Challenges with Knowledge Work
Knowledge has value and this value will decrease over time. The world is continually changing, and information is being generated and circulated at a phenomenal rate. Knowledge that is pertinent and relevant today may be of little value five years from now.
In general, keeping relevant (knowledgeable and valuable) over time requires continual learning, reflection, adaption, and application of new knowledge. This places a demand and challenge on knowledge workers to manage their time to provide for learning and growing. “Maintaining” in the knowledge arena is effectively taking steps backward. The world will move past you.
All knowledge is not easily captured. Some things can be captured and written down in a form that is understandable to others. An insurance company deciding what questions to ask and what calculations will be performed to determine a premium is an example. This is “routine knowledge” (once it is created) that can be captured and used repeatedly by less knowledgeable people.
Some knowledge – tacit knowledge – is more of a challenge. You can capture instructions about how to ride a bike, but reading about riding a bike will not enable you to immediately ride a bike the first time that you try. Book-learning can be like that as well. You might understand the concepts, but the author has different experiences and values than you do. The truth is that you might need to get some personal experience under your belt to truly understand and value some of the concepts that an author conveyed.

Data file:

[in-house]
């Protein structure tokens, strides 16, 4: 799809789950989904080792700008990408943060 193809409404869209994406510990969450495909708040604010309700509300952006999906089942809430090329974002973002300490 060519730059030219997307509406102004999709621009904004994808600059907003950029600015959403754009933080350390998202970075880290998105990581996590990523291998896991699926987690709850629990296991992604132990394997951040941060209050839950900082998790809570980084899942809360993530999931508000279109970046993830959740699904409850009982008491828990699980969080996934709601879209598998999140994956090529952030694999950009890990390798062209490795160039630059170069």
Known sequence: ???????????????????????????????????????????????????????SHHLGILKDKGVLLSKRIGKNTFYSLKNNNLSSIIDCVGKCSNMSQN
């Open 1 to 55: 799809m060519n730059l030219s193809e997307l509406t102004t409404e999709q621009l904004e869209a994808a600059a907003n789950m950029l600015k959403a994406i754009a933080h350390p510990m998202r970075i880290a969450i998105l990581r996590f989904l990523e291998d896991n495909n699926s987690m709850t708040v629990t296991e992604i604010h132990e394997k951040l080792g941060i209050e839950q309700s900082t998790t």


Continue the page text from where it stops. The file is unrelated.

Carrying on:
This is also why “knowledge transfers” in organizations can be challenging. If you expect that a one or two-day “knowledge transfer” will fully prepare someone to fill another’s shoes in exactly the same way, you will be dissapointed. In fact (and since this is a blog about managing software development), software development is effectively a knowledge transfer exercise.
The goal is to translate business knowledge into software. This requires a collaborative effort to represent the business in a very precise, step-by-step processing of instructions to conduct business transactions on a computer. This collaborative effort alone is a challenge, as those on the business side do not understand computers as deeply as those who write the software, and those who write the software do not understand the business as deeply as those involved with the business.
And there is another problem that lurks with software: The knowledge – expertise, values, and experience – of the few business representatives involved with software projects often speaks for the many. The big question is: What are the odds that the judgment of those few will be correct?
This is why building software in small increments is valuable. It allows the software to be viewed by many early and often. Soliciting of feedback allows course-corrections; better to set a course and make small adjustments along the way than to sail directly into rocky waters – where you will sink – because you wanted to maintain your original course come hell or high water.
If you're looking for another (humorous) perspective, blogger Steve Schwartz has a great post about The 3 Types of Knowledge.